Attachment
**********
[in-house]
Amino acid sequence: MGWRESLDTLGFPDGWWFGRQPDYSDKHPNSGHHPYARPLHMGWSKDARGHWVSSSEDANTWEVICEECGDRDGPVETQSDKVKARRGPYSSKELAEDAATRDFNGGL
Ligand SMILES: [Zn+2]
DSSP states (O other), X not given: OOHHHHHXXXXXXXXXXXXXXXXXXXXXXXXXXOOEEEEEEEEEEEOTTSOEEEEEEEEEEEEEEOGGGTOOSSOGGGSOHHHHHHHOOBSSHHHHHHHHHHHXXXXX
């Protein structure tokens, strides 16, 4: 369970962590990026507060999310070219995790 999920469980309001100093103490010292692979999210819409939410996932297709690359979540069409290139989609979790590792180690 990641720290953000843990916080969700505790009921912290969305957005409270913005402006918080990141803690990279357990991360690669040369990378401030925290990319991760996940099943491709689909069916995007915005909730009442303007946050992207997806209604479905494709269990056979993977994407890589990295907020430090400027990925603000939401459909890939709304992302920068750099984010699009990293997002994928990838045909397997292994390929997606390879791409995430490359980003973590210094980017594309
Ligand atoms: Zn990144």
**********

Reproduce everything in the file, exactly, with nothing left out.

[in-house]
Amino acid sequence: MGWRESLDTLGFPDGWWFGRQPDYSDKHPNSGHHPYARPLHMGWSKDARGHWVSSSEDANTWEVICEECGDRDGPVETQSDKVKARRGPYSSKELAEDAATRDFNGGL
Ligand SMILES: [Zn+2]
DSSP states (O other), X not given: OOHHHHHXXXXXXXXXXXXXXXXXXXXXXXXXXOOEEEEEEEEEEEOTTSOEEEEEEEEEEEEEEOGGGTOOSSOGGGSOHHHHHHHOOBSSHHHHHHHHHHHXXXXX
């Protein structure tokens, strides 16, 4: 369970962590990026507060999310070219995790 999920469980309001100093103490010292692979999210819409939410996932297709690359979540069409290139989609979790590792180690 990641720290953000843990916080969700505790009921912290969305957005409270913005402006918080990141803690990279357990991360690669040369990378401030925290990319991760996940099943491709689909069916995007915005909730009442303007946050992207997806209604479905494709269990056979993977994407890589990295907020430090400027990925603000939401459909890939709304992302920068750099984010699009990293997002994928990838045909397997292994390929997606390879791409995430490359980003973590210094980017594309
Ligand atoms: Zn990144």